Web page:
18. Liu X, Wang W, Wang H, Sun Y. Sentence comprehension in patients with dementia of the Alzheimer’s type. PeerJ. 2019 Dec 3;7:e8181.

19. Lucena AT, Bhalla RK, Belfort Almeida Dos Santos TT, Dourado MC. The relationship between theory of mind and cognition in Alzheimer’s disease: A systematic review. Journal of Clinical and Experimental Neuropsychology. 2020 Mar 15;42(3):223-39.

20. Manouilidou C, Almedia RG. Canonicity in argument realization and verb semantic deficit in Alzheimer’s disease. In S. Featherston and S. Winkler (eds.). The Fruits of Empirical Linguistics, (pp. 123-149). Mouton de Gruyter, Berlin, 2009, pp. 463-73.
21. Torr J, Stanojevic M, Steedman M, Cohen SB. Wide-coverage neural A* parsing for minimalist grammars. InProceedings of the 57th annual meeting of the association for computational linguistics 2019 Jul (pp. 2486-2505).

22. Bickel C, Pantel J, Eysenbach K, Schröder J. Syntactic comprehension deficits in Alzheimer's disease. Brain and Language. 2000 Feb 15;71(3):432-48.
23. Kim M, Thompson C. Verb deficit in Alzheimer’s disease and agrammatism: Implication for Lexical Organization. Brain and Language. 2004; 88: 1-20.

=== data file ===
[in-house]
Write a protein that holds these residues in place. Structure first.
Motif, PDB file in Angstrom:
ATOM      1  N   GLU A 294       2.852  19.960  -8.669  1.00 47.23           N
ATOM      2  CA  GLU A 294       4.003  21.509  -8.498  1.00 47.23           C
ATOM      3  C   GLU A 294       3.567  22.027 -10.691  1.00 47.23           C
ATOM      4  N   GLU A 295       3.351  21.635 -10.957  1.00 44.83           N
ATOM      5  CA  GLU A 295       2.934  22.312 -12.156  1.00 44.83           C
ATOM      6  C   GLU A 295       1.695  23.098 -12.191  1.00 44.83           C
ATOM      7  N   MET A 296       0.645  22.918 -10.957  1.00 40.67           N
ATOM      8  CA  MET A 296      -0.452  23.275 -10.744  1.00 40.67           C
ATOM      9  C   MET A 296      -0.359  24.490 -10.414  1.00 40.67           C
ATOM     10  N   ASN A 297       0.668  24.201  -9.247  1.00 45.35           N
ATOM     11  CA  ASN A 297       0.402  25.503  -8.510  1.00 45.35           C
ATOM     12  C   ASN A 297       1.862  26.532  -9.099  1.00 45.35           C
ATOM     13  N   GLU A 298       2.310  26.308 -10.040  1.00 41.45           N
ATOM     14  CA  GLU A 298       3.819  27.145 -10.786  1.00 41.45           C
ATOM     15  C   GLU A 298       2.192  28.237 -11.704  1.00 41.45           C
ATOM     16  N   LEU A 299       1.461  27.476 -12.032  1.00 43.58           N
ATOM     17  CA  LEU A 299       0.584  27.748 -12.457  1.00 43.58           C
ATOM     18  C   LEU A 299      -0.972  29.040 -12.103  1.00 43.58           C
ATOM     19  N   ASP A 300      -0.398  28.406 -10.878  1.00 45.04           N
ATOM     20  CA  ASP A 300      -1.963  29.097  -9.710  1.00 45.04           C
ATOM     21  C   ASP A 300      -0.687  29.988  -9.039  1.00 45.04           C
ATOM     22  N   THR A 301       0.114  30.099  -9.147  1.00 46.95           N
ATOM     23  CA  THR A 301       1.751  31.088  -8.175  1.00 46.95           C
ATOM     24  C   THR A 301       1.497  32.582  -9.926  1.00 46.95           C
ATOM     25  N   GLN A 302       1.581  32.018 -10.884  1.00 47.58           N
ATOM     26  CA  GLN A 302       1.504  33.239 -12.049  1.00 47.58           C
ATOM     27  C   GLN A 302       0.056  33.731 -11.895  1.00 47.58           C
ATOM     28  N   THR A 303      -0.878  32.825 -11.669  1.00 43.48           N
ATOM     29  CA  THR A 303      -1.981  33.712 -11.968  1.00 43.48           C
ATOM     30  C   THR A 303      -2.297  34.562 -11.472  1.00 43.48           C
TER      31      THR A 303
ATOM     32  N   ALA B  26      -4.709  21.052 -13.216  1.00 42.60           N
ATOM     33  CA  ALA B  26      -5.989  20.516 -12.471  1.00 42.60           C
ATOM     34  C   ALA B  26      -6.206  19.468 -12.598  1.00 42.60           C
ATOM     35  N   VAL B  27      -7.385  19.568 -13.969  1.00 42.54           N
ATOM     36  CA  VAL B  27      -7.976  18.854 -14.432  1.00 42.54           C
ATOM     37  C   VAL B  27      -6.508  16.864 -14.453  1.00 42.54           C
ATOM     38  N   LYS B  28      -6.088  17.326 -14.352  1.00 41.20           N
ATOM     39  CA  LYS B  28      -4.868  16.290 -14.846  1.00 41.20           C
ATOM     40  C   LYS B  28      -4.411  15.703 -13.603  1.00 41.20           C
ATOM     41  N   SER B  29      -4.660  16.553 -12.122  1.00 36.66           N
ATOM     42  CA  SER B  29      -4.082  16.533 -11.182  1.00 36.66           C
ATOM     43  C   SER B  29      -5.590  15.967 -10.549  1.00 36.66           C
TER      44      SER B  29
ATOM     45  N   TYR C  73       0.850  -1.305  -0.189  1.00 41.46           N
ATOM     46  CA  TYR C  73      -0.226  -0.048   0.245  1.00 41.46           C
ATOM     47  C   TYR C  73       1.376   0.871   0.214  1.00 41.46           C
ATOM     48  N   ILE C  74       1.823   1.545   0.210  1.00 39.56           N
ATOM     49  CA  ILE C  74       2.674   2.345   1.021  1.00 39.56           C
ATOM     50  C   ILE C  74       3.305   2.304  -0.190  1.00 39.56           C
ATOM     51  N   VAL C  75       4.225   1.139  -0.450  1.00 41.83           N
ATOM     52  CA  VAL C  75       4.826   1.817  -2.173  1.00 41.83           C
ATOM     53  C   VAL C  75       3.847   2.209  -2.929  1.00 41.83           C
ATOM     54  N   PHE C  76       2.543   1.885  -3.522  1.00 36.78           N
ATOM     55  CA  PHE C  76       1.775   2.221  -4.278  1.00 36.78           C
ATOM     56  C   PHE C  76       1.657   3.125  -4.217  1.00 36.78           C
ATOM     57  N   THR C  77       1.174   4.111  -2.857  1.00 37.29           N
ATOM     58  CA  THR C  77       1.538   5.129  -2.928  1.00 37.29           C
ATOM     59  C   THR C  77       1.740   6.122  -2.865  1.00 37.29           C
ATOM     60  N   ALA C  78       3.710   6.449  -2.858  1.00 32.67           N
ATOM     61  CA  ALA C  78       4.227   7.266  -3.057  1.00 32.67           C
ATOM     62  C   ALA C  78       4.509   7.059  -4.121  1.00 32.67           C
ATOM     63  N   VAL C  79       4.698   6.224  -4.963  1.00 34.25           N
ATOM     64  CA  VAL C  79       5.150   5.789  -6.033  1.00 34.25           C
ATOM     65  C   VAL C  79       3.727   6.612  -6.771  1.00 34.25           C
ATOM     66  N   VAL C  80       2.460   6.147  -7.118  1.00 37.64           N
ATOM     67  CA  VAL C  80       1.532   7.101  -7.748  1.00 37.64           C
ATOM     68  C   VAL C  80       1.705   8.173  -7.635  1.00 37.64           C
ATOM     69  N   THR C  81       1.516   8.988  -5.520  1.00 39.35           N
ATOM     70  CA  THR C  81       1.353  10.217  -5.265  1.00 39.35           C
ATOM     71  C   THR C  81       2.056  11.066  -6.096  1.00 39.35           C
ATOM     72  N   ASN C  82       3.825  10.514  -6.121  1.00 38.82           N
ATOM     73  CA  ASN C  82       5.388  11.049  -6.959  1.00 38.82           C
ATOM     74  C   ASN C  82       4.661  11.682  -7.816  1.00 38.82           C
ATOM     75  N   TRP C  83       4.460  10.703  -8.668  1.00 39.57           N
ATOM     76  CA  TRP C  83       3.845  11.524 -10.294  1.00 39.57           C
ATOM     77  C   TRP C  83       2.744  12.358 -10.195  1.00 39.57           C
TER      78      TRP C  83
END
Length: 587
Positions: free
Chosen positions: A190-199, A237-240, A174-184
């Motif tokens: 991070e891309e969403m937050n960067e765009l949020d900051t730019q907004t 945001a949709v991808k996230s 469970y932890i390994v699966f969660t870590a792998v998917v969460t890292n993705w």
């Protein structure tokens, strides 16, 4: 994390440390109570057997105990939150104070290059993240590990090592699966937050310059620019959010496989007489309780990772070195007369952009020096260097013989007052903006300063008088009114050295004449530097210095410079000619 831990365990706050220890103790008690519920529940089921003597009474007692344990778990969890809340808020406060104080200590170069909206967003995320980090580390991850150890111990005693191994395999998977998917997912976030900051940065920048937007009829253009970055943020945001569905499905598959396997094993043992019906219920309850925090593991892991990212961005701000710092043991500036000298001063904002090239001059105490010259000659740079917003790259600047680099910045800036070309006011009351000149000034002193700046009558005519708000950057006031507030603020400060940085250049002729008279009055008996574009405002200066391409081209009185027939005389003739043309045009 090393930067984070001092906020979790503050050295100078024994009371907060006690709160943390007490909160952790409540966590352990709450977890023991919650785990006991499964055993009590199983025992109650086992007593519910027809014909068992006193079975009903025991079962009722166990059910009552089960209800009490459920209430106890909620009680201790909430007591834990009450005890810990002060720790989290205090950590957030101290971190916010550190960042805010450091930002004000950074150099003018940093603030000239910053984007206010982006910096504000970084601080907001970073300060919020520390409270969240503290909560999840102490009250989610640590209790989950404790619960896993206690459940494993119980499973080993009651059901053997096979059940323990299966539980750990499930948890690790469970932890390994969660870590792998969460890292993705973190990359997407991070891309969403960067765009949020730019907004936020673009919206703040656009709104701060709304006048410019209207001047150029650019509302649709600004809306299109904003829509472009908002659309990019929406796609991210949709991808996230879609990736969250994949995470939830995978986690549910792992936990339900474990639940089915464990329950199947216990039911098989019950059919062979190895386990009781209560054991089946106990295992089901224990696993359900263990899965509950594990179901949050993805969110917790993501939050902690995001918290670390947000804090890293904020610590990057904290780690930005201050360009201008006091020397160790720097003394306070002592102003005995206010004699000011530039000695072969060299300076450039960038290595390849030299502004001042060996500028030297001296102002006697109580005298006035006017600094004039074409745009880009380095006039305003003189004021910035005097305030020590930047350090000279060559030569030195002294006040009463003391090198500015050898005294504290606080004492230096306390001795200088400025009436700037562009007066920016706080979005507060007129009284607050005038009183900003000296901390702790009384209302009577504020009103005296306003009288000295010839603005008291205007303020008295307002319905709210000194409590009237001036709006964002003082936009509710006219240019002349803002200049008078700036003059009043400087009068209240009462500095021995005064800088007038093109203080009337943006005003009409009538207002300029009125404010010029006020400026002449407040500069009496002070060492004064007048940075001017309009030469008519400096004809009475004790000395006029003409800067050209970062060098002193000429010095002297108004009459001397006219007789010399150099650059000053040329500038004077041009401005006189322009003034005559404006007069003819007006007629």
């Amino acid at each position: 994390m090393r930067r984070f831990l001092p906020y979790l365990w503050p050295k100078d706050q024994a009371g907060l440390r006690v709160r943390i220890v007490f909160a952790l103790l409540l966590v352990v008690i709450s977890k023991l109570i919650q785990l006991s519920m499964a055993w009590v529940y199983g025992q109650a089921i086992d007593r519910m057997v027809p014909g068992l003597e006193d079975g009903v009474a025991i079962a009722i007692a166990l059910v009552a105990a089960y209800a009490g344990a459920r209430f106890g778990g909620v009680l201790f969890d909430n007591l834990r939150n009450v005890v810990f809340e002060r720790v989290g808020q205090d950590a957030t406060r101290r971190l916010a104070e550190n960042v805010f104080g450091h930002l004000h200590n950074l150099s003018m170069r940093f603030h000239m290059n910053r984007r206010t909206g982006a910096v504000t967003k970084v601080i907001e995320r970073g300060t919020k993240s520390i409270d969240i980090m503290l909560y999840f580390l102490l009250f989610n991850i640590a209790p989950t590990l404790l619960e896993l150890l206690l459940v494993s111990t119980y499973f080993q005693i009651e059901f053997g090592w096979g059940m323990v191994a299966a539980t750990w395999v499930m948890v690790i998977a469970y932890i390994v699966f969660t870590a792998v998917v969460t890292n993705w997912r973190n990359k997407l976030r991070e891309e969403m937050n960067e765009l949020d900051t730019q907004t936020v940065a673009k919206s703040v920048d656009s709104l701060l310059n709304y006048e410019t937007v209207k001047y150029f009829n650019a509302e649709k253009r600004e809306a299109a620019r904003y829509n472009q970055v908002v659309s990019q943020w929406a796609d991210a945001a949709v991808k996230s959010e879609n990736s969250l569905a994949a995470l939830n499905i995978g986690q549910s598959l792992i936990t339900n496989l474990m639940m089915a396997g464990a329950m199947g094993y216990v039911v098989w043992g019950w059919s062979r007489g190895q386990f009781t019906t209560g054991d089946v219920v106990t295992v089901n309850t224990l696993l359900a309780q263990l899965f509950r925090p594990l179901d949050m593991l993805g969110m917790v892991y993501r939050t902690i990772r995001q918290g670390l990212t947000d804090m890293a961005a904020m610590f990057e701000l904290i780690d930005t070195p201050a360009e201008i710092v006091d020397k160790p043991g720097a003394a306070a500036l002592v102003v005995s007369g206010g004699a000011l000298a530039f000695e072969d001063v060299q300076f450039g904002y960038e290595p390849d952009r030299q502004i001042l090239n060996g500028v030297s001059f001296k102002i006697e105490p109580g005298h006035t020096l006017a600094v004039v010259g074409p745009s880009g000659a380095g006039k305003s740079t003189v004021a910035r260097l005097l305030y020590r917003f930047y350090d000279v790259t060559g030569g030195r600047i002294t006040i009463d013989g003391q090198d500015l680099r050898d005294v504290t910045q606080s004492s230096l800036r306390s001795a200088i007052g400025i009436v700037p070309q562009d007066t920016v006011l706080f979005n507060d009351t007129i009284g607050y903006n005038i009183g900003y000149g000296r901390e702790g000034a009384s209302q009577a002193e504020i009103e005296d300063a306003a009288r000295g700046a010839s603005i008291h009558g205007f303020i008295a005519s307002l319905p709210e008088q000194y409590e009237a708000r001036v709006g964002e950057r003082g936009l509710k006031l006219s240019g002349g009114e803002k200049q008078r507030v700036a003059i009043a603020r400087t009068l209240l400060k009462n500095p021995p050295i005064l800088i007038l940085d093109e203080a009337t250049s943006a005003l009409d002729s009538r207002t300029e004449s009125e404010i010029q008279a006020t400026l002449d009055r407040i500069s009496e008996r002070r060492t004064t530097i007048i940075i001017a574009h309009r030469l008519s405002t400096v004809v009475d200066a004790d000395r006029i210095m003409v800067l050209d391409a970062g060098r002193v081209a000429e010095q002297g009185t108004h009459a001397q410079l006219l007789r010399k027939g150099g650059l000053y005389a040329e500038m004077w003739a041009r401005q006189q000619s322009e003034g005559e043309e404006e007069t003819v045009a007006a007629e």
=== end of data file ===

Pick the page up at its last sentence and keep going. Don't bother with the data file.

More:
24. Kljajevic V, Hatteland Somme J, Prieto Tedejo R, Laseca G. Comprehension of psychological predicates in Alzheimer’s disease. Suvremena lingvistika. 2020 Jul 30;46(89):49-69.
25.Yoo HM, Sung JE, Yoo HM, Sung JE. ERP Components Associated with Syntactic Ambiguity and Word Order Canonicity in Processing Sentence with Ditransitive Verb between Young and Elderly Adults. Communication Sciences & Disorders. 2018 Sep 30;23(3):660-82.
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IssueVol 15 No 2 (2021) QRcode
SectionResearch Article(s)
Published2021-03-13
Keywords
Alzheimer's disease Psychological tests Language tests

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1.
Azad O. The Significance of Semantic Hierarchy and Canonicity in Sentence Comprehension: A Study of Persian-speaking Patients With Alzheimer. jmr. 15(2):83-92.